Mia is 15, all elbows and anger, going at her life in a rundown apartment complex in Essex as if it were one long skirmish in British filmmaker Andrea Arnold's exceptionally well-crafted drama, "Fish Tank."
The film features newcomer Katie Jarvis, whom the director first spotted fighting with her boyfriend on a train station platform. The 17-year-old so completely captures the innocence, cynicism and rage of a child of poverty and divorce on the edge of adulthood that it feels as if you are spying on Mia, so achingly real, so tangible does her world seem here.
"Fish Tank" has some of the same strains as "Precious," the dark fable of a pregnant, abused and obese Harlem teenager, which is now on the Oscar circuit, but it doesn't have any of the same operatics. Arnold's style is far more vérité, giving us a precisely rendered look at the experience of growing up in a British housing project, with Mia's issues emerging out of neglect and ignorance rather than incest and violence. The brilliant power of the film comes from the gritty reality Arnold creates.
The director's great talent is in telling stories of the underclass and the kind of desperate desire for love and affection that so often comes packaged with that down-market life. She won an Oscar in 2005 for "Wasp," her short film about a near-broken single mother, then a Cannes Jury Prize in 2006 for her feature "Red Road," which has a difficult relationship at its center; "Fish Tank" repeated that success at the film festival last spring.
The heart of the story is Mia, forced by circumstance to grow up far too fast. Her 15 years have come with virtually no breaks, in that fish tank of poverty where entire lives are played out swimming in circles. Disappointment piles up like the clutter in the place she lives, decay does the decorating. The fridge is always empty and the couch, and everyone on it, is worn to the bone.
Mia looks like a colt, long-limbed and awkward even inside the loose sweats she wears. So her passion for dancing -- a kind of freestyle hip-hop with lots of bump and grind mixed with gangsta poses -- comes as a surprise. Tenderness is rare. We see it with an aging horse, chained in a vacant lot, that she wants to set free -- a metaphor as telling as it is understated. Mostly, though, Mia is head-butting her way through life -- literally and figuratively -- alienated from girls her age, dropped out of school and at war with her mom, Joanne (Kierston Wareing), now fading into her late 30s and hoping for that prince to come along, when she's sober enough to still dream.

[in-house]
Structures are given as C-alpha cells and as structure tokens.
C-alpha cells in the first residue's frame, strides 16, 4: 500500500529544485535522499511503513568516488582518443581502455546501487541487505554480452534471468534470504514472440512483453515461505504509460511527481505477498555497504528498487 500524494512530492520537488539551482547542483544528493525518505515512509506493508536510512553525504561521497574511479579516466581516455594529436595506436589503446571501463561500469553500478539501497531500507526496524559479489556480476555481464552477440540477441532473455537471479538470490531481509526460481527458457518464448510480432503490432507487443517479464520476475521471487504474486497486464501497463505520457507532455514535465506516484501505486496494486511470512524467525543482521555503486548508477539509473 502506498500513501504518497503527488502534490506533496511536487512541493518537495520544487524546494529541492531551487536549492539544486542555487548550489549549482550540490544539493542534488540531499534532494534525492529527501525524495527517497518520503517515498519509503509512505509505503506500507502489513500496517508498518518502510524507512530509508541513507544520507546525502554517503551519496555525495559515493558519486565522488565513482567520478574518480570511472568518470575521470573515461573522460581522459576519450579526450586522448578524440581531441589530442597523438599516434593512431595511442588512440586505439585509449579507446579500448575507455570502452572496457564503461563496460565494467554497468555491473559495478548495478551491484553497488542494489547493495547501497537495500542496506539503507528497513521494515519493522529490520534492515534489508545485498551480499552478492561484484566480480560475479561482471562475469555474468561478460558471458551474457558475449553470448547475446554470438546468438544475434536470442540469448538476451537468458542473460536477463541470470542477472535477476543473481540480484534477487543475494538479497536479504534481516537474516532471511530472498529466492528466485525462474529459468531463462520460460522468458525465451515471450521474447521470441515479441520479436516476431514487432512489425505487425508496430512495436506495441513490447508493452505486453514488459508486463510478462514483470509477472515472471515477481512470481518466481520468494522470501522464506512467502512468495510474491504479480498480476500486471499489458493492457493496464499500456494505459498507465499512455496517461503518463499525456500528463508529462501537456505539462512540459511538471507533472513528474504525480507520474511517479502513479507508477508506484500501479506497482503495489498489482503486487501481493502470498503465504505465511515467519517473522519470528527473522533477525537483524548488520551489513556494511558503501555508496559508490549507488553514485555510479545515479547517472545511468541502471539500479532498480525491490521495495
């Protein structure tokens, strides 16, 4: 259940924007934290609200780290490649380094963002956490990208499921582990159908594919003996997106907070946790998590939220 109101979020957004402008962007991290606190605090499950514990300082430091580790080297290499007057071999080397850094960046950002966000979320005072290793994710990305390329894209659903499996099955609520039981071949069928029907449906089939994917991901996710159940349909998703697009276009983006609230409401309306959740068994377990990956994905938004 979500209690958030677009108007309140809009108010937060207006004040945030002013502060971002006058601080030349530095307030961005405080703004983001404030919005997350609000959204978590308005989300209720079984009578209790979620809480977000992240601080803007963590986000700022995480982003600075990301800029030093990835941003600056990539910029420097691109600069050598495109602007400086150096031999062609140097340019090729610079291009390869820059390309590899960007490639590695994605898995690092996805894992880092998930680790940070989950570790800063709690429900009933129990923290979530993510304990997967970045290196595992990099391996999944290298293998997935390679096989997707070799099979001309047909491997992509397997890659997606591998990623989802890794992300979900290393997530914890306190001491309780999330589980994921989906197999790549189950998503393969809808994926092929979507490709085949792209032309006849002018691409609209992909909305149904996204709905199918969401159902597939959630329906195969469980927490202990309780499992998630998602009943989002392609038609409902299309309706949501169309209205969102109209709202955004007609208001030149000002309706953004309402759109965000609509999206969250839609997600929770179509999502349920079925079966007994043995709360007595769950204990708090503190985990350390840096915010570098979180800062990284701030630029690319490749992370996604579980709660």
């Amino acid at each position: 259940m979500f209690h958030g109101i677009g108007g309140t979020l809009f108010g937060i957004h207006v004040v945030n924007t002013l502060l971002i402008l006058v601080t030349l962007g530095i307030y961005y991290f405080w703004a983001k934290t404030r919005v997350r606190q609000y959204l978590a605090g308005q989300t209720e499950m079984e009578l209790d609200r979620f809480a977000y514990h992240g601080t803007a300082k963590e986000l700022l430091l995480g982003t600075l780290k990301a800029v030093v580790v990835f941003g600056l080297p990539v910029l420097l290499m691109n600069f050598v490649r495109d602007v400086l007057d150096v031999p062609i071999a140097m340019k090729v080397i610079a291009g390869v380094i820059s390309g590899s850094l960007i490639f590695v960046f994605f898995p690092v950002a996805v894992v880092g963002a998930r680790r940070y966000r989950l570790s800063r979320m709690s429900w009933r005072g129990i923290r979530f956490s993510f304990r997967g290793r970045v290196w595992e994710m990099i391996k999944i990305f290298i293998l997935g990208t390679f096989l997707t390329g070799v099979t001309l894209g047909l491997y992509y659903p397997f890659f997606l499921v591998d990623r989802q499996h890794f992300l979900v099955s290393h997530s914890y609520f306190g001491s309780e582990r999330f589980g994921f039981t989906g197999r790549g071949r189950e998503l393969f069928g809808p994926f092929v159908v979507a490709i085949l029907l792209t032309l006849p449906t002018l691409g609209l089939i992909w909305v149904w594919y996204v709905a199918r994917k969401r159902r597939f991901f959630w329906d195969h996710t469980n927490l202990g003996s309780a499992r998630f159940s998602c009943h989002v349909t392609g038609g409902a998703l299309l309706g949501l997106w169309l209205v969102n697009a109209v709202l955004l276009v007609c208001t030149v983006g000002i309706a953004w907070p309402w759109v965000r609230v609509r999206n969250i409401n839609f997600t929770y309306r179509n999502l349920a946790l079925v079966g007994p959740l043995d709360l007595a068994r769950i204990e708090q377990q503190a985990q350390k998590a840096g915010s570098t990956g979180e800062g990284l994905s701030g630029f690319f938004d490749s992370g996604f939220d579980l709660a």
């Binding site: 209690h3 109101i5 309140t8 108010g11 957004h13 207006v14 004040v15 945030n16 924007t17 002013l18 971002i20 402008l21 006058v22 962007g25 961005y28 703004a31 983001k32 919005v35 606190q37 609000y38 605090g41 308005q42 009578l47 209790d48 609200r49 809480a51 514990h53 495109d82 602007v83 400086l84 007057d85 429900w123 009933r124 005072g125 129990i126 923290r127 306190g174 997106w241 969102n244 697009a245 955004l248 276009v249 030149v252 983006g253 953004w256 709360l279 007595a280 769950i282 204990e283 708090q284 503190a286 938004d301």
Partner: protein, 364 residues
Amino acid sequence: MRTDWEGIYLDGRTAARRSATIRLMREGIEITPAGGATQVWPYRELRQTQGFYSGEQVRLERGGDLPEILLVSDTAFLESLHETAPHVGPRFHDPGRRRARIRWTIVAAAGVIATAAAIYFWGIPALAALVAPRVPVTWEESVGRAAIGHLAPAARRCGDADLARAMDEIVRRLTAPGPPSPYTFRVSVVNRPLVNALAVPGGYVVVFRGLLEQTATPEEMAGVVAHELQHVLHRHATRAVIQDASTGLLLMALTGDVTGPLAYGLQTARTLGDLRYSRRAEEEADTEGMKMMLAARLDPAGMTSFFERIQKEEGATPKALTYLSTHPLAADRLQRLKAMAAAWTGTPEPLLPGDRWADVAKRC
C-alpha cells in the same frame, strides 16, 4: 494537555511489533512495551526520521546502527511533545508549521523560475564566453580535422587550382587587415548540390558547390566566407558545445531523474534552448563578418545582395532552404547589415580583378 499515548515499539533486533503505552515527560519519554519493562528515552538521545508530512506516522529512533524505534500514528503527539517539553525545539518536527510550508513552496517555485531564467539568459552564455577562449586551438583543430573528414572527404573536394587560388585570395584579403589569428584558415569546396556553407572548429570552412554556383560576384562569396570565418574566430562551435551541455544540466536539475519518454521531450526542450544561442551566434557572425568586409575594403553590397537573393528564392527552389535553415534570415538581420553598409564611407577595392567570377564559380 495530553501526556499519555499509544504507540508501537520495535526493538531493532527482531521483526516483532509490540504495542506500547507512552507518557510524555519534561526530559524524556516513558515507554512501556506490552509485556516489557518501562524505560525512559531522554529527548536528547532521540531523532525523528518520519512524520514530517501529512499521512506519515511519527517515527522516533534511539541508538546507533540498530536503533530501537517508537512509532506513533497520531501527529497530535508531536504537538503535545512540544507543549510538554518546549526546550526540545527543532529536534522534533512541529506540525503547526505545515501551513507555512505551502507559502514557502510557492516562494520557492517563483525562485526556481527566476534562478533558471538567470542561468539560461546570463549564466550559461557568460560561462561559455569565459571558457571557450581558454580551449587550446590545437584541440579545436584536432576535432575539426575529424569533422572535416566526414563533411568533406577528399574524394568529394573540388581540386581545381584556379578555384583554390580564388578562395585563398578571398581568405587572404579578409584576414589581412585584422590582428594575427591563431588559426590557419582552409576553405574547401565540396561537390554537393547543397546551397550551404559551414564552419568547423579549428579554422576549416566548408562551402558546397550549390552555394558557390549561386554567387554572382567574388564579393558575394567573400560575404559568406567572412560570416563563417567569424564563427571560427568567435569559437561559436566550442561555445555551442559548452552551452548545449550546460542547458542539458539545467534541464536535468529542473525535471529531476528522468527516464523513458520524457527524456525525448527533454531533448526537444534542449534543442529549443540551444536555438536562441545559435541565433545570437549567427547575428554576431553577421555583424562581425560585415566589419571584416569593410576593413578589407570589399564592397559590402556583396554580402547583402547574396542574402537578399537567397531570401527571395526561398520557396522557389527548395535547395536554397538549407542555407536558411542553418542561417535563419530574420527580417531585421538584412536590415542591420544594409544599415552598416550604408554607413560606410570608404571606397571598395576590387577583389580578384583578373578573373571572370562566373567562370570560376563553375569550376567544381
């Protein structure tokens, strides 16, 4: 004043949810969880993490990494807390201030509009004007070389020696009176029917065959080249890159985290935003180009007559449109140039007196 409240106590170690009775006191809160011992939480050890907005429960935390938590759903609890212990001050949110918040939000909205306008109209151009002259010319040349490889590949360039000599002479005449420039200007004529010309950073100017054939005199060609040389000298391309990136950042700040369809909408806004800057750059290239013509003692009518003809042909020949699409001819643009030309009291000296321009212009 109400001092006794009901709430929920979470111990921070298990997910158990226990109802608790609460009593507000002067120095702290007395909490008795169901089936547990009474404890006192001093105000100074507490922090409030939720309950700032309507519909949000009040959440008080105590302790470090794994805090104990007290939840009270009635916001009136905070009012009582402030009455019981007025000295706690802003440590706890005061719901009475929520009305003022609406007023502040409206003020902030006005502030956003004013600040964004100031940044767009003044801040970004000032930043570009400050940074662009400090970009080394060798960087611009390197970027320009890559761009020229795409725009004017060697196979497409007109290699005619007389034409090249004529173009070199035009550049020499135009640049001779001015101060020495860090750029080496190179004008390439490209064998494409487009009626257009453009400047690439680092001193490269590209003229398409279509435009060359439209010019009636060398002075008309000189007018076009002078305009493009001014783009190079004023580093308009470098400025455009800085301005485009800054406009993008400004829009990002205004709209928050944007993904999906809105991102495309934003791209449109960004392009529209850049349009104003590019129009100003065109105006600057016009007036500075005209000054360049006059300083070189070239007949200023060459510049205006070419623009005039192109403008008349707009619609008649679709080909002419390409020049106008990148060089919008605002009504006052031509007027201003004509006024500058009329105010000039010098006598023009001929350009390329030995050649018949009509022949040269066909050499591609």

It is a highly sexualized world where girls get pregnant early and the cycle of children raising children continues. You see the beginnings in the teenagers hanging around Mia's apartment complex, where bravado is foreplay and everyone is spoiling for sex or a fight. And you see the second act in the boozy parties Joanne throws, where Mia finds herself witness to what lust and liquor and loneliness can do to virtual strangers.
Arnold, who wrote and directed here, again proves remarkably facile at capturing society's ills in dramatic form, particularly the treacherous terrain that fatherless teenage girls face. In "Fish Tank," trouble comes in the form of Joanne's new boyfriend, Connor (Michael Fassbender), all lean muscles and laughter. The problem, or one of them, is that Mia exists in an ecosystem where sex is confused for love all the time.
The relationship between Connor and Mia develops in many ways that you might expect but also in many more that you wouldn't. Arnold adds new tangles to the web as the story plays out and in the process says much about the prospects for young girls like Mia. She also digs into the ways in which broken families can pretend to be whole again -- such as girls tucked in at night and country picnics, things neither Mia nor her younger sister has probably ever experienced, and you see both their hunger for it and the fear of it in Mia's eyes.
Arnold takes more than a few risks with her characters, willing to let us loathe them as well as love them, depending on the moment, unwilling to make it easy for either us or them.Fassbender, whom you might know from his very funny turn as an undercover agent who's done in by a bad drink order in " Inglourious Basterds' " tavern scene, is excellent at walking that tight-wire of dark possibilities.
Though you can feel the heat of her anger, and the pain of her disappointments, it is the shots of Mia alone that linger. In a scene that runs through the film, she has broken into a boarded-up apartment, its windows overlooking the despair below. It's where she dances, headphones dangling, moving slowly to music only she can hear. It says everything about her isolation and her still-flickering sense of hope. It is moments like these that leave you as desperate as that 15-year-old to fan that flame.